Hindi is the language of the north Indian plains and one of the 22 scheduled Indian languages. Native speakers of Hindi don’t number more than 25% of the Indian population but Hindi is widely understood and prevalent as a second or third language.
Hindi film industry is based in Mumbai (Bombay) and in many ways is a microcosm of India and an unconscious representation of its diversity of both language and religion. Yes, they sing and dance and wear their emotions on their sleeve.
If you have any questions about Queen, Hindi movies or the Weekend Movie Club, please feel free to ask. I will try to answer as best as I can. After I review Queen for the next weekend, the insufferable movie snob will review classic comedies. I will put up a poll for the classic comedies this week. If you missed movie snob’s review of the Shock Corridor, check it here.
Before, I end let me leave you with this:
The 10 day long Ganesha festival ended just last week. Here is Shahrukh Khan, bidding Ganpati adieu in the 2006 movie Don, set to music by the trio Shankar-Ehsan-Loy and sung by Shankar Mahadevan.
By two_kittehs ( Picture by: cvf)
Queen has won the poll by a wide margin. So I will be reviewing it soon. Hopefully, this weekend. We had some unfortunate business with the furnace in the basement, that lead to a 911 call. Kittehs and peoples was safe but firemen gave us an okay to get back into the house only at 1 am. As a result I have been a Zombie kitteh all day.
For the next installment of the Weekend Movie Club, I am going east, to India. If you missed our first installment check it out, here. I grew up watching Hindi movies and more importantly listening to Hindi movie numbers. I must have heard and watched many more songs than the movies themselves. Growing up I used to turn up my nose at most of the offerings that came out of the movie industry which is now popularly known as Bollywood. There was a dichotomy between commercial cinema and art cinema and there very few popular Hindi movies that didn’t insult your intelligence or so it seemed to me. For twenty odd years, the new Hindi movies that I must have watched could be counted on the fingers of one hand.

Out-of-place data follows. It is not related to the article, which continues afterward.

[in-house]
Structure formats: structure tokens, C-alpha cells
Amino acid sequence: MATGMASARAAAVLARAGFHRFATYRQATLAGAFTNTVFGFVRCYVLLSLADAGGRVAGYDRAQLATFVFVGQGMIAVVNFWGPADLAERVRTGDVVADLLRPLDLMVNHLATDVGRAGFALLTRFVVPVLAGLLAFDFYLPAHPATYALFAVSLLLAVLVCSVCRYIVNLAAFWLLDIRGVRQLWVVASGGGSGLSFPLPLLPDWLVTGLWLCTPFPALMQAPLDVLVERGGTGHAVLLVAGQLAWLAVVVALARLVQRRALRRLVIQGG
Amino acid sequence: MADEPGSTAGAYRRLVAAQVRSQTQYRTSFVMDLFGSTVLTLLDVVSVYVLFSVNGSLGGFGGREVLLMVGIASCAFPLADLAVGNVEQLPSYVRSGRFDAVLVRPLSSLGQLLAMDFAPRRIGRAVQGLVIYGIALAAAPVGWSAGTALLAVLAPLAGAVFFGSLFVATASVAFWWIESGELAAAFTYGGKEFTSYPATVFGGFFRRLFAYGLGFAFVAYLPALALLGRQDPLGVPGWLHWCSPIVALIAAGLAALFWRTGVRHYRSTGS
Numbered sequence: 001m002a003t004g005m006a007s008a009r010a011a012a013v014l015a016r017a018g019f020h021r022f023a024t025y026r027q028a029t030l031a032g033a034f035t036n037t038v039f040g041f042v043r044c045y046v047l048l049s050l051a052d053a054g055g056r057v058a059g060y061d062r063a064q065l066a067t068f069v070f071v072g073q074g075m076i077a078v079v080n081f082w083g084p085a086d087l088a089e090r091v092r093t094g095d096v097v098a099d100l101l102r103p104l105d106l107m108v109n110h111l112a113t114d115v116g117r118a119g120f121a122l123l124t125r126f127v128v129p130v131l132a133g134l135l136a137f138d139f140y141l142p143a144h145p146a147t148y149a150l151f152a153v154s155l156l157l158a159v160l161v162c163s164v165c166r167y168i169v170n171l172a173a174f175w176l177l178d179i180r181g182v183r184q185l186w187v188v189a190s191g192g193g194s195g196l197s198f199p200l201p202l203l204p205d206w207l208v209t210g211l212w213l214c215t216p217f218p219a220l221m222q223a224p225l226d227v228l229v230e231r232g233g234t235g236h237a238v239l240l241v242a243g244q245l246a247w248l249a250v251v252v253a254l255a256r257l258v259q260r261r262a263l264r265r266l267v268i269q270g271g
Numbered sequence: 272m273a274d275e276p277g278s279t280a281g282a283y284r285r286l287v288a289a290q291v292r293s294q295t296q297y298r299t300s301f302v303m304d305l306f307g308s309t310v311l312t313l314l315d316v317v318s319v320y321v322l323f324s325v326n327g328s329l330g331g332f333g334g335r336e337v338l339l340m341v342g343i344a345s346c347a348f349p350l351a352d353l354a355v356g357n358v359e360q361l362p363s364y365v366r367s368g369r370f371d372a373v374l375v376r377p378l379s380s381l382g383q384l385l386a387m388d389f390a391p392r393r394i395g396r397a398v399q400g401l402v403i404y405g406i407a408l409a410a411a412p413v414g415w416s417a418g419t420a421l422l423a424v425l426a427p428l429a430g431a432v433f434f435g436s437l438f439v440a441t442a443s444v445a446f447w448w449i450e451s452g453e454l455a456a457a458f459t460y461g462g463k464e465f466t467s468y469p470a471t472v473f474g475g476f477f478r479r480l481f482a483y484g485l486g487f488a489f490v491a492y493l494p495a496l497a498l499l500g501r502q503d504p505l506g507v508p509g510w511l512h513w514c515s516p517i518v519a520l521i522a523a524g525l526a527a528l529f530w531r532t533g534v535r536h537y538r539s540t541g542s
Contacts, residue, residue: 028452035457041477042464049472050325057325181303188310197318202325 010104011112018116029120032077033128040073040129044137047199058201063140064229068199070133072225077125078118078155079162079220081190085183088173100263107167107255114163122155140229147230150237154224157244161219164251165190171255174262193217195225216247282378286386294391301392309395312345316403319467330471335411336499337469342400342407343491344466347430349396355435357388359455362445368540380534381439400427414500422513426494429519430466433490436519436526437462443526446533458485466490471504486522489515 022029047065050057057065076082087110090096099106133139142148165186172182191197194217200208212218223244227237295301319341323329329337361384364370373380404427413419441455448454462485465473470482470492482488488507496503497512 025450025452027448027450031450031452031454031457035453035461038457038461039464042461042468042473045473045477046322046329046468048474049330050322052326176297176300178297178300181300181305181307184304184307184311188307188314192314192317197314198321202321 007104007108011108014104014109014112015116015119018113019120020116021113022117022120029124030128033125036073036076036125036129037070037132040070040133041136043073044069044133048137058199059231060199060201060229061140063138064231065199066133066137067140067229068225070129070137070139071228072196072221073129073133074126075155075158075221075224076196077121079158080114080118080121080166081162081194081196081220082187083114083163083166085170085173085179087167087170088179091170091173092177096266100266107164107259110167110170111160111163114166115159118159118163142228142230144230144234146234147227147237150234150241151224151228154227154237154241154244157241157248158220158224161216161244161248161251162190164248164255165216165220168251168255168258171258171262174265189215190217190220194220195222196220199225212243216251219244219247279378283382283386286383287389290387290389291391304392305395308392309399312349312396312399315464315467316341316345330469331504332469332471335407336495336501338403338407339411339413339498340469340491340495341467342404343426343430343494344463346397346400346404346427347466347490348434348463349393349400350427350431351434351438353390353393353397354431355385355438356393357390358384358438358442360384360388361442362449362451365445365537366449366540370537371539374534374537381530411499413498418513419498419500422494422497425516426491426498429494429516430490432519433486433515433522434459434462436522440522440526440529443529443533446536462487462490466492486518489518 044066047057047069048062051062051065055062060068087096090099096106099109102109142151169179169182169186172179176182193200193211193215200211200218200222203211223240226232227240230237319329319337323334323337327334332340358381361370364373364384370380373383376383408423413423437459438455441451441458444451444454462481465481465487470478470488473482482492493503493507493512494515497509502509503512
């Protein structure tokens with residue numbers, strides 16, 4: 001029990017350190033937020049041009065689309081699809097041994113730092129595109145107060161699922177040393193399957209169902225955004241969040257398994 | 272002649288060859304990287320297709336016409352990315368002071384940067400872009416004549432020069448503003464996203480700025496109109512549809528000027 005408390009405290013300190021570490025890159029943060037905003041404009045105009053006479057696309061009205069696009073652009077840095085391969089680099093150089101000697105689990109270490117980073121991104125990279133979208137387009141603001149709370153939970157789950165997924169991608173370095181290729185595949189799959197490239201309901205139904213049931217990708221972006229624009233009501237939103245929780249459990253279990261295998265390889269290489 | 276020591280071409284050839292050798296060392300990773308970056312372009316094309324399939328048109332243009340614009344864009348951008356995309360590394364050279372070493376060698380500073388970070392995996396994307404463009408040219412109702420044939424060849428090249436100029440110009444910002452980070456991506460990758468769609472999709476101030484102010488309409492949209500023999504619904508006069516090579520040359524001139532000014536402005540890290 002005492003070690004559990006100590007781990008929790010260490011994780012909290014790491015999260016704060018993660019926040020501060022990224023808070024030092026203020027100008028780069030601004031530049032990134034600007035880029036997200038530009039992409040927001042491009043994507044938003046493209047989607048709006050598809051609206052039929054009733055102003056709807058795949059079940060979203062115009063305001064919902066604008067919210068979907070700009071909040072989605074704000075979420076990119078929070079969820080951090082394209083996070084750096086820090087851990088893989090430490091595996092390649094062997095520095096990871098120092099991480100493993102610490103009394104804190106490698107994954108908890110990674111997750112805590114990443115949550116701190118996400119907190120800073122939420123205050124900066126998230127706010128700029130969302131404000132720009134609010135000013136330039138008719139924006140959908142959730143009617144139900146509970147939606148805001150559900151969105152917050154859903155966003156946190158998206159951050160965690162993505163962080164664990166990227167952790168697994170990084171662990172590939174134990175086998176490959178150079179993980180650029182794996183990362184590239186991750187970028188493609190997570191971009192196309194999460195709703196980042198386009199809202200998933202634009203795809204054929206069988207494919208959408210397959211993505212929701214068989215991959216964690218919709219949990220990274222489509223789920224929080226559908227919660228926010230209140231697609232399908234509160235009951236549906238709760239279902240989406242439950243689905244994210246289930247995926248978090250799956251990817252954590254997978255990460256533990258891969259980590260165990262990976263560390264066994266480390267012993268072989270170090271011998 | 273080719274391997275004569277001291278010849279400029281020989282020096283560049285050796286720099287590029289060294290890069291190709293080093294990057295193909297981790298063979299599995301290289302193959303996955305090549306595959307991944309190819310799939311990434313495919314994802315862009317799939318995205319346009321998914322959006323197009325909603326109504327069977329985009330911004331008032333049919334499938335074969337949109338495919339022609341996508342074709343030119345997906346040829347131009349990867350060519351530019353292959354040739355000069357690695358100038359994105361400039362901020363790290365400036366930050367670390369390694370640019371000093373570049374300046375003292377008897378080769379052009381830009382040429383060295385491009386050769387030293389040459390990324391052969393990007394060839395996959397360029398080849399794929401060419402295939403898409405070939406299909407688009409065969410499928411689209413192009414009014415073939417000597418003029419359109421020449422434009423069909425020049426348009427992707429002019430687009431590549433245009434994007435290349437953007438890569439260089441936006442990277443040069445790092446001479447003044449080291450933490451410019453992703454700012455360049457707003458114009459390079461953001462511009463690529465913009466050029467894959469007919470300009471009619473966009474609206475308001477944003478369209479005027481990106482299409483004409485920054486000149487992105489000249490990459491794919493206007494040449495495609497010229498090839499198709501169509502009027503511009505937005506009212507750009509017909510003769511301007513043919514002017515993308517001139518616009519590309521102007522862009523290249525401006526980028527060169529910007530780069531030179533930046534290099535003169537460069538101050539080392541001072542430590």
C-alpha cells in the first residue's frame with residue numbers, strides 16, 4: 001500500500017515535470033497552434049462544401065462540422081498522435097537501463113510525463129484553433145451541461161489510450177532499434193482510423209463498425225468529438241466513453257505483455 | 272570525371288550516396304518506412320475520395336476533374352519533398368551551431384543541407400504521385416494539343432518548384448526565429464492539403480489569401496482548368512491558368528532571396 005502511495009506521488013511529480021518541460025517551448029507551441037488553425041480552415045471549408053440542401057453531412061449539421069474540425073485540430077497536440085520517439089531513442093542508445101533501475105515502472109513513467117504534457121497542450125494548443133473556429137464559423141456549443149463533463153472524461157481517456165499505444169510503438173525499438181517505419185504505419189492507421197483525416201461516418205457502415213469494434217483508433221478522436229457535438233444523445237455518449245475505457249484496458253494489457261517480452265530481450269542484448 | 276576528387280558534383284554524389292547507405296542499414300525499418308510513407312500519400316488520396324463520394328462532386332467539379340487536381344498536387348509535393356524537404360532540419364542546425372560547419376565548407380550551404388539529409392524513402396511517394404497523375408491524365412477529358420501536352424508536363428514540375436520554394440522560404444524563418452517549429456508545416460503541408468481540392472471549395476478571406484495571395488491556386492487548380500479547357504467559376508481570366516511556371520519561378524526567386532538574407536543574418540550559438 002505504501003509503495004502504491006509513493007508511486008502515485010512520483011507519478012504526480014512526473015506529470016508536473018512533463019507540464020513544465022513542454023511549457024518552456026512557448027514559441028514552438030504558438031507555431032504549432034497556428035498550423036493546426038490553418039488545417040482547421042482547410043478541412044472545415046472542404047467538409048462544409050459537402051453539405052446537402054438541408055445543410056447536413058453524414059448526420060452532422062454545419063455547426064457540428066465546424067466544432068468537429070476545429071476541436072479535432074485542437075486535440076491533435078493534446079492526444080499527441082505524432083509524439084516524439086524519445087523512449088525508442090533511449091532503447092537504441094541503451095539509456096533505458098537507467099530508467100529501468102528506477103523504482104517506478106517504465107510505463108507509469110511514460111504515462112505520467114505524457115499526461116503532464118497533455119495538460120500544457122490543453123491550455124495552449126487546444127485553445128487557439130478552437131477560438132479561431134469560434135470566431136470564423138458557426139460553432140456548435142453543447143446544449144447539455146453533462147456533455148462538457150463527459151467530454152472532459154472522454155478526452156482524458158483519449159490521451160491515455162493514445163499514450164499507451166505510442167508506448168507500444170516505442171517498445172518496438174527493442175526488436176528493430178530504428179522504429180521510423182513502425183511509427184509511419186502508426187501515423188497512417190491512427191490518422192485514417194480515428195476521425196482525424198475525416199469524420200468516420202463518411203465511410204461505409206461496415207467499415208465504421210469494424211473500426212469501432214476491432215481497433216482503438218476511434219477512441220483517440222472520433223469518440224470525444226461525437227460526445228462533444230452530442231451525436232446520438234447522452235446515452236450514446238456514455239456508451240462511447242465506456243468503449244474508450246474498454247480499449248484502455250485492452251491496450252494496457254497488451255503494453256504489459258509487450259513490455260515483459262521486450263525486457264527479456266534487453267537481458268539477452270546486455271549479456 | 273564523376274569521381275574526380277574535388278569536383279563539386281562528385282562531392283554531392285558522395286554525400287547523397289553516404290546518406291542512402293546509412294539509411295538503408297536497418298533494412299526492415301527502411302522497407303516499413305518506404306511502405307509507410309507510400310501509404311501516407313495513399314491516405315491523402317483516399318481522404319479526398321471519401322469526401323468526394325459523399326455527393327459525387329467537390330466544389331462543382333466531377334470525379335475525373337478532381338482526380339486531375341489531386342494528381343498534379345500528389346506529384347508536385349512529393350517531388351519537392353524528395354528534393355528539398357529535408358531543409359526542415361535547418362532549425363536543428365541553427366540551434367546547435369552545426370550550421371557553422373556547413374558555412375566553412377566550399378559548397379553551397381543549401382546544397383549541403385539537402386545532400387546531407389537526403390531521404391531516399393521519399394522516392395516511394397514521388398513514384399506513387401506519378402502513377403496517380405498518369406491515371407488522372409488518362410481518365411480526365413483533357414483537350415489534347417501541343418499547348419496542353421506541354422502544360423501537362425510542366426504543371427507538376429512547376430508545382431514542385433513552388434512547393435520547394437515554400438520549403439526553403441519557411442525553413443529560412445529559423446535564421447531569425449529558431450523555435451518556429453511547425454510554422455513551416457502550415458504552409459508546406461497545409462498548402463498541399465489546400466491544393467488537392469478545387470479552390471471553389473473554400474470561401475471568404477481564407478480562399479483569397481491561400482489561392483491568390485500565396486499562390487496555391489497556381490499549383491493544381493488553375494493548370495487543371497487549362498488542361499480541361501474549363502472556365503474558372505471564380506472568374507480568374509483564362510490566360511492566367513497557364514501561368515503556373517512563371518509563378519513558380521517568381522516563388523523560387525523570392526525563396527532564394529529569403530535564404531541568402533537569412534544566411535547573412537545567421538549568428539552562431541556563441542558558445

Now that I am at a distance from both my childhood and Bollywood, I think I may have judged those movies harshly. Hollywood can be pretty formulaic too. They have different formulas, that’s all. Since last year I have been rediscovering Indian cinema, particularly Hindi movies, mainly through their music. Through my YouTube meanderings, I have stumbled across many gems. The list of movies that I want to see keeps growing by the day. Either I have become more forgiving or the movies have gotten better. For example, there are many more movies with female protagonists which don’t have a love story as their focus, than the Hindi cinema of yore or even present day Hollywood. Here is a list of three movies with strong female leads. You can click on the links below to see the trailers with English subtitles.
Queen: Rani (Queen), a sheltered young woman from Delhi gets dumped the day before her wedding. Her solo European honeymoon turns into a voyage of internal and external discovery.
Neerja: A biopic about Neerja Bhanot, flight attendant on the hijacked Pan Am flight 73, whose bravery saved many lives.
Jai Gangaajal: A district police superintendent takes on a corrupt and lawless politician who rules the district within an iron hand in the north Indian hinterland.
So vote early and often. You can also leave suggestions in the comments below.
I want to thank Schroedinger’s Cat for inviting me to post with her on her blog. She thought our two ways of writing about movies and culture would be compatible, so here I am! I still have my (sadly neglected) blog about Pre-Code movies, so I’m going to use this space to talk about other movies in the same vein that don’t fit into the Pre-Code time period of 1929 to 1934. Today’s topic is Samuel Fuller, who managed to independently produce his own films his own way at the height of the studio system by imitating the ploy of the Pre-Codes and not submitting his films to the censorship office until they were completed. This allowed him to explore stories and subjects that were supposed to be off-limits, as in today’s featured film, Shock Corridor (1963).
A word of warning for those who’ve never read my regular blog, The Insufferable Movie Snob: my motto is “All Spoilers, All The Time.” If you don’t want to know what happens in Shock Corridor, go watch it and then come back to read this.
Okay? Okay. Read the rest of this entry